I made it to China! I will be here for the next week and a half teaching pickleball in Dongguan (close to Hong Kong) to a group of coaches, college students and teachers. It’s exciting to be a part of starting a sport in a country as big as China and although it’s at the very beginning, I can see it growing fast.
I’ve been observing recently how language changes experience in another country. In Japan, I feel comfortable to the point of not knowing what to write about in this blog anymore. That might sound strange but living in Japan is normal for me. I can say anything I want, I have close friends, I can tell jokes and am confident that I can do things. I even sleep talk in the language. China is a different story. Today I bought food at a convenience store and asked the front desk for chopsticks. Unable to say “chopsticks”, I resorted to demonstrating my noodles and acting like I was eating them. Later, a student in the pickleball course insisted on taking me to McDonald’s (a cultural discussion for another day). I ordered a cheeseburger with no french fries, but he thought I wanted it without vegetables. On top of being a McDonalds burger, I ate it dry sans condiments… with fries on the side. Admittedly these are first world problems. I’m not saying “woe is me for not getting exactly what I ordered”. It’s just that communication is fascinating. In just a short flight, I have gone from literate and knowledgeable to basically having the oratory capacity of an infant. Maybe less so… when a baby cries we have a basic understanding of what it wants. When adult humans utter unintelligible gibberish to each other, they most often have no clue. Nothing is so humbling as this experience, but I believe it’s a good thing. When language disappears as a means of communication, I find my creativity and observation increases proportionally.
Somewhat related to this, a funny event happened to me while snowboarding before I left Japan. My friend and I like to find powder snow outside the boundaries of the ski area. We find some, but the ski patrol sees us and waits for us at the bottom of the run. I come down first and assuming of course that I don’t speak Japanese, the ski patrol says I’m not allowed in that area. I respond in English, “sorry”, wanting to remain a stupid foreigner and not someone who actually knows they aren’t supposed to be in that area. Then my Japanese buddy comes down and because he is with me, the ski patrol assumes he doesn’t speak Japanese either. My friend knows pretty much zero English so I know that if he says anything, we are busted. And I know that he knows that I know all this. After the ski patrol’s speech on back country safety (he was actually nice about it), my buddy just says “ok” and the ski patrol lets us go! He followed us the next run to make sure we didn’t get into any more fun… I mean trouble and I realized how convenient it is sometimes to be a foreigner. It goes both ways.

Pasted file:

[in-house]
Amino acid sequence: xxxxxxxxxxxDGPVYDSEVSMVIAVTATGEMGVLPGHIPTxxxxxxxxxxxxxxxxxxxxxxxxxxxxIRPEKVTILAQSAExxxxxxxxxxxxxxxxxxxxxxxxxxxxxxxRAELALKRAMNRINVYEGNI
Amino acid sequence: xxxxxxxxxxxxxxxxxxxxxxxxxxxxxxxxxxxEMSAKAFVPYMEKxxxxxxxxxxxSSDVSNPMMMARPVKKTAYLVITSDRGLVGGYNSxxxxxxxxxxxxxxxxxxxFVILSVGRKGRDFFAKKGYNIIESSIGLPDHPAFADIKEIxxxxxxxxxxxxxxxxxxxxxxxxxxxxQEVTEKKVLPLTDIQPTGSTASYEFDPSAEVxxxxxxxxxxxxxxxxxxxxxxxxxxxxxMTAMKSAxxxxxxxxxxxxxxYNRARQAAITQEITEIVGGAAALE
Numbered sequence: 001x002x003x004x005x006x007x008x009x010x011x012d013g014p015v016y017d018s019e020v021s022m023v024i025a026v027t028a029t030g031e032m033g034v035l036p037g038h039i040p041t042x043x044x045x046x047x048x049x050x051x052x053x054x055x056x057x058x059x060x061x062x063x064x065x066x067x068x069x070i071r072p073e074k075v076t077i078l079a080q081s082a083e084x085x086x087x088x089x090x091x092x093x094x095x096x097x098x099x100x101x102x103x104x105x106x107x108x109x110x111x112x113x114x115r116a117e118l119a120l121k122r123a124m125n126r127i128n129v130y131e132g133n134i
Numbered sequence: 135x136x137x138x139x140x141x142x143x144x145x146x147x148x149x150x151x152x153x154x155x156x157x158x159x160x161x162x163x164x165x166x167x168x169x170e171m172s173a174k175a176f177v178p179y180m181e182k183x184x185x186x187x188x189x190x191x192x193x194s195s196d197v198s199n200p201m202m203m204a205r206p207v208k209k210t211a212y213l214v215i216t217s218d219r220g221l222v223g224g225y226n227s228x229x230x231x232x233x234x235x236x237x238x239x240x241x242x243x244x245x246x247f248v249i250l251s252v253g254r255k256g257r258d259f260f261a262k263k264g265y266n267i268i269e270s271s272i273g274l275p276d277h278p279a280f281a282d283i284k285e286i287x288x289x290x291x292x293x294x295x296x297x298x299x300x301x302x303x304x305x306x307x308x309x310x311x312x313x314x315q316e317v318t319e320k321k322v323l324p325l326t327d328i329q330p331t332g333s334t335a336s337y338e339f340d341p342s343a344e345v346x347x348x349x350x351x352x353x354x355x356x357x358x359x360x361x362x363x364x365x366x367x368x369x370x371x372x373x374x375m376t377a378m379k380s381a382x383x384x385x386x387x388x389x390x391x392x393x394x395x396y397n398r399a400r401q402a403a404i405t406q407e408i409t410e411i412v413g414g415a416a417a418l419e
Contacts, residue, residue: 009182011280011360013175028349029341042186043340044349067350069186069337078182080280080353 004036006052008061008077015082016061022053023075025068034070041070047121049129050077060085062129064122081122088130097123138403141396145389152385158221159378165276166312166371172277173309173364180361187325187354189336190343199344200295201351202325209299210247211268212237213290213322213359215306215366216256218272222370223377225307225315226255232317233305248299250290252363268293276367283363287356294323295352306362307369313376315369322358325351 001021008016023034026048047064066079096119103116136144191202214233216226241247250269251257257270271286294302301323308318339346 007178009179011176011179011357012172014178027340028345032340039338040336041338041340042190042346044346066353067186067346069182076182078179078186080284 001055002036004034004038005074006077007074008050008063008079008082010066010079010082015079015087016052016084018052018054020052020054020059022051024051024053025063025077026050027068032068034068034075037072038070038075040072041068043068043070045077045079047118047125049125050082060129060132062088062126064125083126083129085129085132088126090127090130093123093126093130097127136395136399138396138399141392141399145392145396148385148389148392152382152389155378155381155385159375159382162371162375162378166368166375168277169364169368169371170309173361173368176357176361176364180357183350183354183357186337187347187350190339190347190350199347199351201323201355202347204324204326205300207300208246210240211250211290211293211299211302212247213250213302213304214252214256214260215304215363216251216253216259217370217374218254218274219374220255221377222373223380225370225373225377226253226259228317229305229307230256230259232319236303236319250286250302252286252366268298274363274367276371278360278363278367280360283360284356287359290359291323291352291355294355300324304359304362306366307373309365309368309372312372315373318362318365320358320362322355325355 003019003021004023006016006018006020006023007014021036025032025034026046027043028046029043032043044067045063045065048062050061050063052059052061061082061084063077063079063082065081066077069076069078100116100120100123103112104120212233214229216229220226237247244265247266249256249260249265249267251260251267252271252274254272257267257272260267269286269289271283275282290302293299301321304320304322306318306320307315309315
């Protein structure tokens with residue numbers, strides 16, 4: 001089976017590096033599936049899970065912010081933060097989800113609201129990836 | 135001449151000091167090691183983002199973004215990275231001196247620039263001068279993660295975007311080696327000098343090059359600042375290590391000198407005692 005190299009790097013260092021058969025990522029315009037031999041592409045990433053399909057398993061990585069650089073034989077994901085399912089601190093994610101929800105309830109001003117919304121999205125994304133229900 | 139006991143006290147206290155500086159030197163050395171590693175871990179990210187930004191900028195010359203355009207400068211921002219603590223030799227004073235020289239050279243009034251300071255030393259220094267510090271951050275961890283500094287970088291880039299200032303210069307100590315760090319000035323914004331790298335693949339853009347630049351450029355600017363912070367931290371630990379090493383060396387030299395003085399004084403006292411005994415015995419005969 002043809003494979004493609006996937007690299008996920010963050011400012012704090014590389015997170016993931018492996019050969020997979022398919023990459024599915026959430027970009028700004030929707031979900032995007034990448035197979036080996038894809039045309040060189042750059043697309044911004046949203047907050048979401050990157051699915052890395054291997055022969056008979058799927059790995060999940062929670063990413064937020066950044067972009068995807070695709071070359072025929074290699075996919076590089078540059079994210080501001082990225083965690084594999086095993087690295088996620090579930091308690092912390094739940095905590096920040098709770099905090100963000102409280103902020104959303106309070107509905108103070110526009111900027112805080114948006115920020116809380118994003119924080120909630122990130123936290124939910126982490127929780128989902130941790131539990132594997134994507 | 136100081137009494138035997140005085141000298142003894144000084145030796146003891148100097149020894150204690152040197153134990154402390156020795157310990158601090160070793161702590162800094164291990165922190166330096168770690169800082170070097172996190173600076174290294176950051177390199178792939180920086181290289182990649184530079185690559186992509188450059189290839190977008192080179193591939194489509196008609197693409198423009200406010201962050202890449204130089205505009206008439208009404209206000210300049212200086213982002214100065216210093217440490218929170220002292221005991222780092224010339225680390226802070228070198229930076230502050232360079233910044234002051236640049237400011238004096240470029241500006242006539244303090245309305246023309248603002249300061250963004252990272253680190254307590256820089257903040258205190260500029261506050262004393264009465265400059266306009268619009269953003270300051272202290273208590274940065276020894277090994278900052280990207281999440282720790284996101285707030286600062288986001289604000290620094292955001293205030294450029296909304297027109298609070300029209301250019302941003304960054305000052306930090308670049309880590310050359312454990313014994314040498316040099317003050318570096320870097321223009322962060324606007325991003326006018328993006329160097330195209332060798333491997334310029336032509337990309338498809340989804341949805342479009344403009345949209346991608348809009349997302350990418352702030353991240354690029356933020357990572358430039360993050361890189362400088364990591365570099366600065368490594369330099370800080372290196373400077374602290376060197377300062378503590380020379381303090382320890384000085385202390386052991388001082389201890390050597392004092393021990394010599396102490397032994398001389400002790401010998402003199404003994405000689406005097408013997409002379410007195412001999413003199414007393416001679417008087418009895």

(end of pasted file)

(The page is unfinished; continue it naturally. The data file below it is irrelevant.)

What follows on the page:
All that to say, I am seriously contemplating learning Chinese. The opportunities are huge. Even if it’s not with pickleball, Mandarin is something that will be beneficial forever. But it’s a daunting task filled with visions of trying to say ma 4 different ways and insulting someone’s mother by calling her a horse. Or something like that. Of course, my customers say that about Japan, which is not true, so maybe I am wrong. I find that things are always the most daunting before you start them.
The pickleball club here is serious about spreading the sport. I attended a media day the other day where almost a hundred people attended including the mayor, owners of companies and university professors. Other attendees came from Hong Kong and Singapore to take part. Li Na’s tennis teammate got silver in the competition: I have been teaching her this week and might play with here in a tournament in Taiwan. Things are moving, Asia is coming on the pickleball scene. It’s an exciting time.
The last thing I want to say is that China makes me feel tiny. I still can’t wrap my head around a number like 1.3 billion people. Colorado Springs where I went to high school has 500,000 and there are 800 cities in China with over a million people. I drove from Hong Kong to Shenzhen the other day, and for over an hour straight I saw tower after tower of apartment buildings and businesses. Dongguan where I am working is considered a “medium-sized city” with a paltry population of 8 million. China is mind-boggling and while I don’t want to live here, I want to learn more.